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There’s been a change in the sports pecking order around here, for those who haven’t noticed. “DC was a basketball town,” says Vernon Davis “It’s a football town now.”
You gonna argue with him?
Davis, a 6’3″, 253-pound former University of Maryland star and now tight end with the San Francisco 49ers, has done his share to speed the city’s transition away from hoop-centricity and toward the gridiron.
He and his little brother Vontae, a University of Illinois defensive back and recent first round pick of the Miami Dolphins in the 2009 NFL draft, grew up on Emerson Street in Petworth, and can now make a claim on being the best sibling athletes ever to come out of DC. Vernon, 25, and Vontae, 21, are only the third pair of brothers, behind the Mannings and the McDougles, ever to be chosen in the first round in NFL.
The Davises were back in their hometown over the weekend to run a free youth football clinic at their shared alma mater, Dunbar Senior High School.
“With the success of the guys coming out of DC, me being a high draft pick and then my brother being a number one pick, that’s brought a lot of attention to the football here, to the talent and people all over respect that now,” says Vernon. “I’m excited what DC has done with football, what’s happening here now.”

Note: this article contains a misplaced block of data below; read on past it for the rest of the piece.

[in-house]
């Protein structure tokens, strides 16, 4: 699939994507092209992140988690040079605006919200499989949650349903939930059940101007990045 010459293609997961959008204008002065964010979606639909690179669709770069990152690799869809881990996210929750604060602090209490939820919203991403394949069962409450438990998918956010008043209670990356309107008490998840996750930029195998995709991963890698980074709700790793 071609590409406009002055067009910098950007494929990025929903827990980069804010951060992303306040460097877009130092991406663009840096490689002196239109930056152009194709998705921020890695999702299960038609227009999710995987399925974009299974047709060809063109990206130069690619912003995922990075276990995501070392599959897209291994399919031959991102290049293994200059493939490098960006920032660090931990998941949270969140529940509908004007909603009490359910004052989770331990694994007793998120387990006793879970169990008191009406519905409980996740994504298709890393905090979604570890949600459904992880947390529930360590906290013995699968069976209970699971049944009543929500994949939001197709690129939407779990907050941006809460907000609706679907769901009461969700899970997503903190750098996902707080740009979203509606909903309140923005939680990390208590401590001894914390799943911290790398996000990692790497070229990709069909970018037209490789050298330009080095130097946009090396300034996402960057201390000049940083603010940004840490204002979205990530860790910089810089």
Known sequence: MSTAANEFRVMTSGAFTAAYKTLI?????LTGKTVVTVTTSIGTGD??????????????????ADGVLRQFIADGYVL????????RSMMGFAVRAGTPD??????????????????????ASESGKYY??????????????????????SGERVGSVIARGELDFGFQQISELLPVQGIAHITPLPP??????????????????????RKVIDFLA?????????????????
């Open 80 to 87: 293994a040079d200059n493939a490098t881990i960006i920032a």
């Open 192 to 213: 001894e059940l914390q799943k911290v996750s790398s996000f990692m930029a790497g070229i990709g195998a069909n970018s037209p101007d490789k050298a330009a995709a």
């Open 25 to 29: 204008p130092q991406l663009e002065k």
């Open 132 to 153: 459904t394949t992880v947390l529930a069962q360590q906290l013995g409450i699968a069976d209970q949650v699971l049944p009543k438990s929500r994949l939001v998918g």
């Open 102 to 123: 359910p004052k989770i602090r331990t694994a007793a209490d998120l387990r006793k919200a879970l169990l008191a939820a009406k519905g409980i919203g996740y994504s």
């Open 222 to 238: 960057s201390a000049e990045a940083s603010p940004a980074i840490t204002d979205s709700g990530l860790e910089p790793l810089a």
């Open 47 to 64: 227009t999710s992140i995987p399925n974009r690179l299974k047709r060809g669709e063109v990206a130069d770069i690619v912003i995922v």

The athletic facilities here have never lived up to the talent level, both brothers told me. Vernon says he wasn’t even the best athlete in his neighborhood growing up. But for reasons that by now just sound cliche, we’ll never hear about the kids who had better tools. “Guys went in a different direction than I did, to the streets,” he says.
Things have improved quite a bit in recent years around Petworth and on the city’s football scene, however. The field at Dunbar has gone from dirt to artificial turf, the bubbled and worn out track surrounding the gridiron has been replaced, and the locker rooms and training facilities have been upgraded since the Davises toiled for the Crimson Tide.
But they’re not complaining about the lot they were dealt.”I was just talking about this with my brother, remembering the locker rooms, and how small the [Dunbar] workout room used to be,” says Vernon. “But we were talking about how much we got done in those little spaces. We worked so hard, and we had the the coaches behind us. So it’s not about the size of the room, it’s about the work you put in, and the people, and we had incredible support from the people here.”
“But I tell the guys there now: it’s a blessing they have the facilities that we didn’t have,” adds Vontae. “Things were a lot rougher when we were here. The locker rooms, the field, all of it. But if we had the fields they’ve got, we probably would have been even faster than we were.”
The Davises admit that their profession will keep them away from DC except for an occasional fall Sunday.
“I love DC,” Vontae says. “But I’m moving to Miami to live. You can’t beat that.”